A diary from the Maurice Leyden Collection in the Libraries’ Special Collections is featured on a New York (NY) Heritage online exhibit called Recognizing Women’s Right to Vote in New York State. The online exhibit charts the development and evolution of the Women’s Suffrage movement in New York State. “In the long fight for suffrage, women in New York had many motivations and tactics they used to achieve their goal.”
A page from Leyden’s 1873 diary is featured in the Civil Disobedience by Voting, 1868-1873 section of the exhibit. The section provides three examples of women voting illegally as an act of civil disobedience. The exhibit description of the diary page is as follows:
“Diary of Maurice Leyden, 1873, p. 79. In his diary, Maurice Leyden writes about his experiences living in Rochester, NY. His wife, Maggie Leyden, proceeded to vote with Susan B. Anthony and a group of women. This page discusses Anthony’s trial: “Maggie & I went to Canandaigua this morning to attend the trial. Weather very hot. Miss Anthony was convicted, also the Inspectors – by the voting of judge.”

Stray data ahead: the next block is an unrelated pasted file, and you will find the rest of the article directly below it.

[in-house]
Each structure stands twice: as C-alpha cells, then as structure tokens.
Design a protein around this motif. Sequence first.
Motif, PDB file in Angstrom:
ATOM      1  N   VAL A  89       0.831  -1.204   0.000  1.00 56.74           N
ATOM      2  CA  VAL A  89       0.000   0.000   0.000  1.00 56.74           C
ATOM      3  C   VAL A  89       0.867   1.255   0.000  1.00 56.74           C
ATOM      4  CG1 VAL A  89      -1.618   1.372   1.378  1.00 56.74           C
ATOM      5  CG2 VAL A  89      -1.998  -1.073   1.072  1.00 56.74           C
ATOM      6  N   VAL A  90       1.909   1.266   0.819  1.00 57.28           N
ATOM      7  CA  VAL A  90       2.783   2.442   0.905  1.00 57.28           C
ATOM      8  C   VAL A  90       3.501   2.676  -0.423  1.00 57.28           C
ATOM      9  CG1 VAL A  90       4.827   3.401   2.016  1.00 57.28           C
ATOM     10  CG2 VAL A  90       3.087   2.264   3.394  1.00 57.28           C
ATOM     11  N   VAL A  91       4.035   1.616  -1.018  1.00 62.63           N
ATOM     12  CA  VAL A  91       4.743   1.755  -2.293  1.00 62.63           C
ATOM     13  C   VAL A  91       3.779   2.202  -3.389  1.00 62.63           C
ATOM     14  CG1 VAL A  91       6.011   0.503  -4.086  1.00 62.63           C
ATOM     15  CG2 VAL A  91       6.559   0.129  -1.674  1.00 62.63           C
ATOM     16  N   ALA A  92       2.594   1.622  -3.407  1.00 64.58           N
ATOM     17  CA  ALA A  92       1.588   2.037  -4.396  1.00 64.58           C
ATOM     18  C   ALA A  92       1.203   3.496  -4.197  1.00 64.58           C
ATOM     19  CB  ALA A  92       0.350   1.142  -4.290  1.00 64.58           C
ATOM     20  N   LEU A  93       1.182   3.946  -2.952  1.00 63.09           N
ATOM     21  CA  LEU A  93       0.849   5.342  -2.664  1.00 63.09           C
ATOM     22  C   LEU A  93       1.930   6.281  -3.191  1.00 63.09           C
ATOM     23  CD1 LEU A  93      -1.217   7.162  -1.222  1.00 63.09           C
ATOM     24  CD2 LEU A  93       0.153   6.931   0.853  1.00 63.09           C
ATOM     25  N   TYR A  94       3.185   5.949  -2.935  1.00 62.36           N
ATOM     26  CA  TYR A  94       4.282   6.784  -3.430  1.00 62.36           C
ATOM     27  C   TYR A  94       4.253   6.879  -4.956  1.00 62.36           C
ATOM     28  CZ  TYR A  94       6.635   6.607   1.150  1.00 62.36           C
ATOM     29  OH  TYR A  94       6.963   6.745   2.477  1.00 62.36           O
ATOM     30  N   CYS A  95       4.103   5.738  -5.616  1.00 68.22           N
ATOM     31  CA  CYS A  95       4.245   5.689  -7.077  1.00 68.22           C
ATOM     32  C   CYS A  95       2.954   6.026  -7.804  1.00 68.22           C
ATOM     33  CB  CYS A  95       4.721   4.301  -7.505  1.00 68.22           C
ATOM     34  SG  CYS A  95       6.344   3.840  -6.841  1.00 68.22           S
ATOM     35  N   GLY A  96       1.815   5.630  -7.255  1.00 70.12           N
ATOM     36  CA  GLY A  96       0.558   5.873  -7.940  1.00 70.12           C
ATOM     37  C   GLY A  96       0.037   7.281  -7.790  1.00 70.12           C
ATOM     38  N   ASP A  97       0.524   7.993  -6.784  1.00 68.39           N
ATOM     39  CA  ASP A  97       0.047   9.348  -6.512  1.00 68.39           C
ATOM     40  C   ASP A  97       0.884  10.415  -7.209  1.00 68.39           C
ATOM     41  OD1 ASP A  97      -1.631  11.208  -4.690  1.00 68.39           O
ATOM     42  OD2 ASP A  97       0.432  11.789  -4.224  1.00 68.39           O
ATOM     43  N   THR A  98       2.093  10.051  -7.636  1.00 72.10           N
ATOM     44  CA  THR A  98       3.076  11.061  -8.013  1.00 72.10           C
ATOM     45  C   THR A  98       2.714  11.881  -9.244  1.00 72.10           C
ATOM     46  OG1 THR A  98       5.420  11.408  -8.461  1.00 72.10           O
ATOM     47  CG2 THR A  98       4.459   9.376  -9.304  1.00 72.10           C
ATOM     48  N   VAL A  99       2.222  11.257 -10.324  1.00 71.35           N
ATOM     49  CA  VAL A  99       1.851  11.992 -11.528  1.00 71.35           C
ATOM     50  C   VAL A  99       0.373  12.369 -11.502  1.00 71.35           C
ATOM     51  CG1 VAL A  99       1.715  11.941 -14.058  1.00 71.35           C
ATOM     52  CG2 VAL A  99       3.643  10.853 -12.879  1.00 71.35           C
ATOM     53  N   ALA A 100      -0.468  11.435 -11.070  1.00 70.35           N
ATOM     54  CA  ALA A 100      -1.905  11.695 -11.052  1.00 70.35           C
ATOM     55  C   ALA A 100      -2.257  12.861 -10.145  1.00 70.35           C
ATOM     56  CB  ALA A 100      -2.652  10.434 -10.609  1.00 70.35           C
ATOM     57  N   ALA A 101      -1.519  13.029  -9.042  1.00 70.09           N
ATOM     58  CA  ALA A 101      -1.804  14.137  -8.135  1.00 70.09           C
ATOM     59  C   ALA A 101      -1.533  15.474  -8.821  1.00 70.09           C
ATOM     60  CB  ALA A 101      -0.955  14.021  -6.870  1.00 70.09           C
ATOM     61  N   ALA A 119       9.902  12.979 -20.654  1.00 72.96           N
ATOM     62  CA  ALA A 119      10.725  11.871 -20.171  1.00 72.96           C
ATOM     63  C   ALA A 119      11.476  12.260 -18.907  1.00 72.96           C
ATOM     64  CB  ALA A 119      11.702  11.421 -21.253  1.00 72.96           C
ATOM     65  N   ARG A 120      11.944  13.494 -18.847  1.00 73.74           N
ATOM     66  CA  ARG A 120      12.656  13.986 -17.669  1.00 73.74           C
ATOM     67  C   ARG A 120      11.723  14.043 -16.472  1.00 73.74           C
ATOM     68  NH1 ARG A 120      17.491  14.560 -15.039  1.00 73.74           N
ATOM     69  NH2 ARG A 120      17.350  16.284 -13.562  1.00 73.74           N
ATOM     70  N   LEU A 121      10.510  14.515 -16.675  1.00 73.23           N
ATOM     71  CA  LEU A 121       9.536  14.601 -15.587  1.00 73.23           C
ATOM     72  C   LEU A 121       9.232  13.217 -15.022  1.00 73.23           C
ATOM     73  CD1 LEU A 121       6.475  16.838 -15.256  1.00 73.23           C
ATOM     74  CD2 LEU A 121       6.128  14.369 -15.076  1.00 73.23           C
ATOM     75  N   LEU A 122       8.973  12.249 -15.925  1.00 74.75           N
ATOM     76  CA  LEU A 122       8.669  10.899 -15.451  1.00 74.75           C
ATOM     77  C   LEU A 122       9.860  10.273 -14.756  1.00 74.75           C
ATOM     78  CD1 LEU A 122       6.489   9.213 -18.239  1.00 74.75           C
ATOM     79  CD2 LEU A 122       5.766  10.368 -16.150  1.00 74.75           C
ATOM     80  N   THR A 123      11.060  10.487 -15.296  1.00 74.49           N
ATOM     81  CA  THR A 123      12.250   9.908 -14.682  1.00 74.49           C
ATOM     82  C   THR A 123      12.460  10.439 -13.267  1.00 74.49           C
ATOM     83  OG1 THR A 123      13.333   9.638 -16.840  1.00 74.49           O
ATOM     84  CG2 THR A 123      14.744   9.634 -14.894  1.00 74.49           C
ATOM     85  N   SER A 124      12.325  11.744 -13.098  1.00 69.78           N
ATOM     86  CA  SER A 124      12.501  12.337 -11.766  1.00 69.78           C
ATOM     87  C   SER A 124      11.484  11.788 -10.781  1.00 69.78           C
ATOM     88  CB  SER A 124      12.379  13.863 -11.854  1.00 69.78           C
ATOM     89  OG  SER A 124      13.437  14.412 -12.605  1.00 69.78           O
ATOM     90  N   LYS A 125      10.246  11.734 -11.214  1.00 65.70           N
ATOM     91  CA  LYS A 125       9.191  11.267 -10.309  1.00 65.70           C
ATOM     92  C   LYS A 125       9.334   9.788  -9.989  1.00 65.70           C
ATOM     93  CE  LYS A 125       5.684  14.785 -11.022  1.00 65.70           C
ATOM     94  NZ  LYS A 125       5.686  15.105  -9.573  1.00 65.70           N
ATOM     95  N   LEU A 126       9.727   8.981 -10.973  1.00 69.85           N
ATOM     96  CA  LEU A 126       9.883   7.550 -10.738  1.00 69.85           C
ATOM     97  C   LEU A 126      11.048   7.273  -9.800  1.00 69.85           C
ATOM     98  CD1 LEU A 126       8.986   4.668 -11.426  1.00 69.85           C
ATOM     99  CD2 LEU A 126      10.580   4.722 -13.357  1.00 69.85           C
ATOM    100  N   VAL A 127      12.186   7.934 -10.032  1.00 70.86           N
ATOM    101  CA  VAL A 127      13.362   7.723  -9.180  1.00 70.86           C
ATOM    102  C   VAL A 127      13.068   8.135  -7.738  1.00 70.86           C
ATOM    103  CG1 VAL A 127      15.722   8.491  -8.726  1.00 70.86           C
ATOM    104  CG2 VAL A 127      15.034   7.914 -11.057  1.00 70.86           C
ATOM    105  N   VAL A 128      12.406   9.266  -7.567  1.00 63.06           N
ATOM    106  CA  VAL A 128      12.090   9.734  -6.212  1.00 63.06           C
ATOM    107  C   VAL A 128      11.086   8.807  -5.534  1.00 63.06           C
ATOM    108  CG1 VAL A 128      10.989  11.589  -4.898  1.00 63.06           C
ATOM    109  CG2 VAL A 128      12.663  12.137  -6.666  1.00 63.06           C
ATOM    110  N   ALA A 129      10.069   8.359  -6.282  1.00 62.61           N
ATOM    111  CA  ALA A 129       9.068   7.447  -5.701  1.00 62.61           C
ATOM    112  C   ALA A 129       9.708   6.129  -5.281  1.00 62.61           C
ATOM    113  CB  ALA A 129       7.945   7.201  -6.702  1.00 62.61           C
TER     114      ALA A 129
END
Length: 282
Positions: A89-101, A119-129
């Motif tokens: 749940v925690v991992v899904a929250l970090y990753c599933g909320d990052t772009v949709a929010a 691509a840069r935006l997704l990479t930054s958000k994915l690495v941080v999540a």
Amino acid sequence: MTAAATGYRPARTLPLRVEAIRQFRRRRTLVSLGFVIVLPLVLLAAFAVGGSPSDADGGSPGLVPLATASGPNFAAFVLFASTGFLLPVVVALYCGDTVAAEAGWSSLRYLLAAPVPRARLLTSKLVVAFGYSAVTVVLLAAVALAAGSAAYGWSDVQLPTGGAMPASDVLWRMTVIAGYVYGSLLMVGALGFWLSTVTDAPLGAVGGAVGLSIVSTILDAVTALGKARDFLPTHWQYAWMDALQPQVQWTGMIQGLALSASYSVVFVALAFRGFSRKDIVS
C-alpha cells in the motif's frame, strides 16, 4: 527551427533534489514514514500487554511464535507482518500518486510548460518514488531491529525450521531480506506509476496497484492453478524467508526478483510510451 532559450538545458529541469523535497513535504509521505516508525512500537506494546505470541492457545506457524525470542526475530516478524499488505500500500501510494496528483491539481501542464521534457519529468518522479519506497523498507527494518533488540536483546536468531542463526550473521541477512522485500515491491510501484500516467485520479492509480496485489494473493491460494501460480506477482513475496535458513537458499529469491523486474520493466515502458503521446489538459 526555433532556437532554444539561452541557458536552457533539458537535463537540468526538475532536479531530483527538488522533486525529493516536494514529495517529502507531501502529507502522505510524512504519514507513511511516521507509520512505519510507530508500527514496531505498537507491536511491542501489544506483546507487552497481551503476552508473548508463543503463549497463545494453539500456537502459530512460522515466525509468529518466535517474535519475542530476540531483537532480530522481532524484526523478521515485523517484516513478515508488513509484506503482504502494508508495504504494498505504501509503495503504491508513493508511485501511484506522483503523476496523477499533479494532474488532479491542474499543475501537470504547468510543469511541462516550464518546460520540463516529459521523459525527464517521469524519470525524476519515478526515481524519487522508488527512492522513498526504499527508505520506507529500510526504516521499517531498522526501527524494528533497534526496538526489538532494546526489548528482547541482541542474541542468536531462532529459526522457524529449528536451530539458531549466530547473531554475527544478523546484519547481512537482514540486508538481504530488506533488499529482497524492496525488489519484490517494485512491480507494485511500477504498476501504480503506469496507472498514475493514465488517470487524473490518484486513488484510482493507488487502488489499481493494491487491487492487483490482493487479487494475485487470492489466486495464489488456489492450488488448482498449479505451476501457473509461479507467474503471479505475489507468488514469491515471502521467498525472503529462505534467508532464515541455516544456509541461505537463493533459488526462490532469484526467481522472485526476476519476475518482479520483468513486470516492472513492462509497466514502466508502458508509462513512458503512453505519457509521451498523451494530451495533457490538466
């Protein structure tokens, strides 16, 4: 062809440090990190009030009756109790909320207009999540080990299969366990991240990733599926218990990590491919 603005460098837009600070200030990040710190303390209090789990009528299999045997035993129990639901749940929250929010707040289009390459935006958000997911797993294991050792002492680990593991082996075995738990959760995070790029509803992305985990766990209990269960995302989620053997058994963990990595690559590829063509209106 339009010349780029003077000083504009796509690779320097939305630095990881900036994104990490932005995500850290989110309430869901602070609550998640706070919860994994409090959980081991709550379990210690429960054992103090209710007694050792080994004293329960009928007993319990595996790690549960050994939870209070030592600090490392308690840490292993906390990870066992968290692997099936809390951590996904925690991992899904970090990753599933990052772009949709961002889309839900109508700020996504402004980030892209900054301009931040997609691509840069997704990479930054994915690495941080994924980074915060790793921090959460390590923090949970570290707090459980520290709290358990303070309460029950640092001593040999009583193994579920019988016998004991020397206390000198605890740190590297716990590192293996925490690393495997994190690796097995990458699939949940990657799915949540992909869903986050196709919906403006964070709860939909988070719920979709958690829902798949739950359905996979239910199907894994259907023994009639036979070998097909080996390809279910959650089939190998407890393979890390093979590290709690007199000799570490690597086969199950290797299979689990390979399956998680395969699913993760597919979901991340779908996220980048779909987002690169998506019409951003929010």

To view the entire 1873 diary, click on the exhibit’s diary page image to view the NY Heritage site or visit Diary of Maurice Leyden, 1873.
Maurice Leyden was a Rochester, NY dentist, businessman, banker and politician. His wife, Maggie Leyden, took part in the women’s suffrage movement. The Maurice Leyden Collection consists of 52 diaries, 37 letters,24 envelopes, 28 financial documents (mostly receipts and ledgers), 13 photographs and assorted other items. There are a total of 190 pieces of archival material.